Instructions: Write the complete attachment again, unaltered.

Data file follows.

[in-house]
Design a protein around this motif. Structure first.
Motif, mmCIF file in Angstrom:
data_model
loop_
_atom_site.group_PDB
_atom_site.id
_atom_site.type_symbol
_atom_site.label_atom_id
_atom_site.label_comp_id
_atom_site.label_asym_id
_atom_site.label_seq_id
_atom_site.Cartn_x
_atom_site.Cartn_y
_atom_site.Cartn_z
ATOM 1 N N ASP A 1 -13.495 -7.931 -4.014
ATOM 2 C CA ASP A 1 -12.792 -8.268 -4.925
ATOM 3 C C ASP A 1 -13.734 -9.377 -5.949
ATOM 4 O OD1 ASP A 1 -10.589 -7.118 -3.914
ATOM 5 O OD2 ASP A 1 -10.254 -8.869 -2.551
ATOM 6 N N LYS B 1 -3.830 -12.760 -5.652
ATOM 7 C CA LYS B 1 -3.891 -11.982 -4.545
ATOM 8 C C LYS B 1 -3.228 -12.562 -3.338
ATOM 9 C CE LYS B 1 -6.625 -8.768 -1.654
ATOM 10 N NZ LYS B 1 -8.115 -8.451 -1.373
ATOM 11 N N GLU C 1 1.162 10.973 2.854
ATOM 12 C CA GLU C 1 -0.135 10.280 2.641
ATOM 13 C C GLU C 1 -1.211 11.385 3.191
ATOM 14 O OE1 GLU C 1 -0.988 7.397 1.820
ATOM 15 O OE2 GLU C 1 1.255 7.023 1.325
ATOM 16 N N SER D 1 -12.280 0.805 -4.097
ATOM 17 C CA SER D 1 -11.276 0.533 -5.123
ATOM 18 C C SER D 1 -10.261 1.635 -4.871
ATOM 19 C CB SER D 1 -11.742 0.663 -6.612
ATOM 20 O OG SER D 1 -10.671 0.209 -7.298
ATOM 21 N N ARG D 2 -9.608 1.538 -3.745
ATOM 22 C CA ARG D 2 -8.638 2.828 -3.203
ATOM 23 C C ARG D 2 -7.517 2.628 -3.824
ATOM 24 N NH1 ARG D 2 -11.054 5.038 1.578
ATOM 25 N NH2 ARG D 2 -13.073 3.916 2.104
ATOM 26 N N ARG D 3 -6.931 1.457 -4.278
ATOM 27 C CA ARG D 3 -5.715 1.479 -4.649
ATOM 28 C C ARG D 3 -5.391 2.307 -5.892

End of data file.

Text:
[in-house]
Design a protein around this motif. Structure first.
Motif, mmCIF file in Angstrom:
data_model
loop_
_atom_site.group_PDB
_atom_site.id
_atom_site.type_symbol
_atom_site.label_atom_id
_atom_site.label_comp_id
_atom_site.label_asym_id
_atom_site.label_seq_id
_atom_site.Cartn_x
_atom_site.Cartn_y
_atom_site.Cartn_z
ATOM 1 N N ASP A 1 -13.495 -7.931 -4.014
ATOM 2 C CA ASP A 1 -12.792 -8.268 -4.925
ATOM 3 C C ASP A 1 -13.734 -9.377 -5.949
ATOM 4 O OD1 ASP A 1 -10.589 -7.118 -3.914
ATOM 5 O OD2 ASP A 1 -10.254 -8.869 -2.551
ATOM 6 N N LYS B 1 -3.830 -12.760 -5.652
ATOM 7 C CA LYS B 1 -3.891 -11.982 -4.545
ATOM 8 C C LYS B 1 -3.228 -12.562 -3.338
ATOM 9 C CE LYS B 1 -6.625 -8.768 -1.654
ATOM 10 N NZ LYS B 1 -8.115 -8.451 -1.373
ATOM 11 N N GLU C 1 1.162 10.973 2.854
ATOM 12 C CA GLU C 1 -0.135 10.280 2.641
ATOM 13 C C GLU C 1 -1.211 11.385 3.191
ATOM 14 O OE1 GLU C 1 -0.988 7.397 1.820
ATOM 15 O OE2 GLU C 1 1.255 7.023 1.325
ATOM 16 N N SER D 1 -12.280 0.805 -4.097
ATOM 17 C CA SER D 1 -11.276 0.533 -5.123
ATOM 18 C C SER D 1 -10.261 1.635 -4.871
ATOM 19 C CB SER D 1 -11.742 0.663 -6.612
ATOM 20 O OG SER D 1 -10.671 0.209 -7.298
ATOM 21 N N ARG D 2 -9.608 1.538 -3.745
ATOM 22 C CA ARG D 2 -8.638 2.828 -3.203
ATOM 23 C C ARG D 2 -7.517 2.628 -3.824
ATOM 24 N NH1 ARG D 2 -11.054 5.038 1.578
ATOM 25 N NH2 ARG D 2 -13.073 3.916 2.104
ATOM 26 N N ARG D 3 -6.931 1.457 -4.278
ATOM 27 C CA ARG D 3 -5.715 1.479 -4.649
ATOM 28 C C ARG D 3 -5.391 2.307 -5.892